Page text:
Federal administration immigration policies will soon start to hurt the agriculture sector in a big way, according to the head of the National Immigrant Justice Center.
Vegetable and fruit producers in Illinois have long complained about the difficulty of attracting and keeping migrant workers without true immigration reform.
Speaking on GLT's Sound Ideas, Justice Center Director Mary Meg McCarthy said that's about to get a lot worse.
"I imagine there is a shortage, but I think next year is when we are going to see the end of the temporary protected status for individuals. That's a million people. Between DACA (Deferred Action for Childhood Arrivals) and Temporary Protected Status that's a lot of people, and I think that's when we're really going to see the outcry by a lot of employers," said McCarthy.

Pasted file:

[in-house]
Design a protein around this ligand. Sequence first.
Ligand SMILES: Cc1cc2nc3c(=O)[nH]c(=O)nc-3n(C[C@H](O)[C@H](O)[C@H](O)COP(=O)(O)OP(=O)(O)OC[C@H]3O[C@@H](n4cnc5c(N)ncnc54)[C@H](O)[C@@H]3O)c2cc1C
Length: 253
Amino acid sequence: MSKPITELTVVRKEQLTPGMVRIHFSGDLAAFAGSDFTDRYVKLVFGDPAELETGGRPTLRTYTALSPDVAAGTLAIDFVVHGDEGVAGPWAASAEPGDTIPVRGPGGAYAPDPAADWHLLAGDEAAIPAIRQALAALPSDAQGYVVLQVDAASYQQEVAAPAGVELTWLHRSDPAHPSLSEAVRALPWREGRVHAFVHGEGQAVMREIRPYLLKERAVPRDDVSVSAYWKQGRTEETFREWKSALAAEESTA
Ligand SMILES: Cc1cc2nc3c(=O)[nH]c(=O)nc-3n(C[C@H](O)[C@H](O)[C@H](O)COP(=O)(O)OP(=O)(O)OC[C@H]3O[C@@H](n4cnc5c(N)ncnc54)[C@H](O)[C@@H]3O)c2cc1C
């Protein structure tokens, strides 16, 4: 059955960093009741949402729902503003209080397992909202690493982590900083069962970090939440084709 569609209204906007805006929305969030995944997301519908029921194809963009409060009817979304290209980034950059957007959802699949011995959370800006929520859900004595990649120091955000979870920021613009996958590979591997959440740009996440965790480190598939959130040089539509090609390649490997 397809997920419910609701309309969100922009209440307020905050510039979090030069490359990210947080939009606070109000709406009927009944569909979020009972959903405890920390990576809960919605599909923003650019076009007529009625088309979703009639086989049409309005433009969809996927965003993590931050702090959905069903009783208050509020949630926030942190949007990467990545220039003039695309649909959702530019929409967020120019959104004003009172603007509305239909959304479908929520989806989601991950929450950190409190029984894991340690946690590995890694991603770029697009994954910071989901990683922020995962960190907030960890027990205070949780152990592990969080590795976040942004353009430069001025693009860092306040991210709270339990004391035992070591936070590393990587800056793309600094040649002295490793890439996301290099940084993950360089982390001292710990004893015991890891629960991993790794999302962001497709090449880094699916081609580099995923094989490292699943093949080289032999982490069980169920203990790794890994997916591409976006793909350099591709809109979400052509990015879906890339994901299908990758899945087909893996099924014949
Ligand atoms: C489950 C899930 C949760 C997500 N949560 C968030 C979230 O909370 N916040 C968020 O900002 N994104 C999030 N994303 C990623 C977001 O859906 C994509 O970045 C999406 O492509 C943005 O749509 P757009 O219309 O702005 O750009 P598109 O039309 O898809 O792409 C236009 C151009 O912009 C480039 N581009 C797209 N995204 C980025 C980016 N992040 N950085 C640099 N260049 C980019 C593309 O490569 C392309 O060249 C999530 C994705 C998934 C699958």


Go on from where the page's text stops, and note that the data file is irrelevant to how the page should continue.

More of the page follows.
McCarthy said the regulatory landscape for immigrants is changing so rapidly and so confusingly it's difficult for her network of more than 1,500 pro bono attorneys to stay current on law and policy.
She also said that the changing landscape makes it crucial for immigrants to have informed advice.
"We are all seeing in the immigration field, cases that were very straightforward coming back to us, asking for additional evidence or simply being denied, and this administration is now saying that if your application is denied, we have the right to put you in deportation proceedings," said McCarthy.
McCarthy says there is a lot of fear among immigrants in the U.S. as the administration reverses decades-long policies that allow residency.
McCarthy was the keynote speaker at an Immigration Project luncheon in Normal this week.
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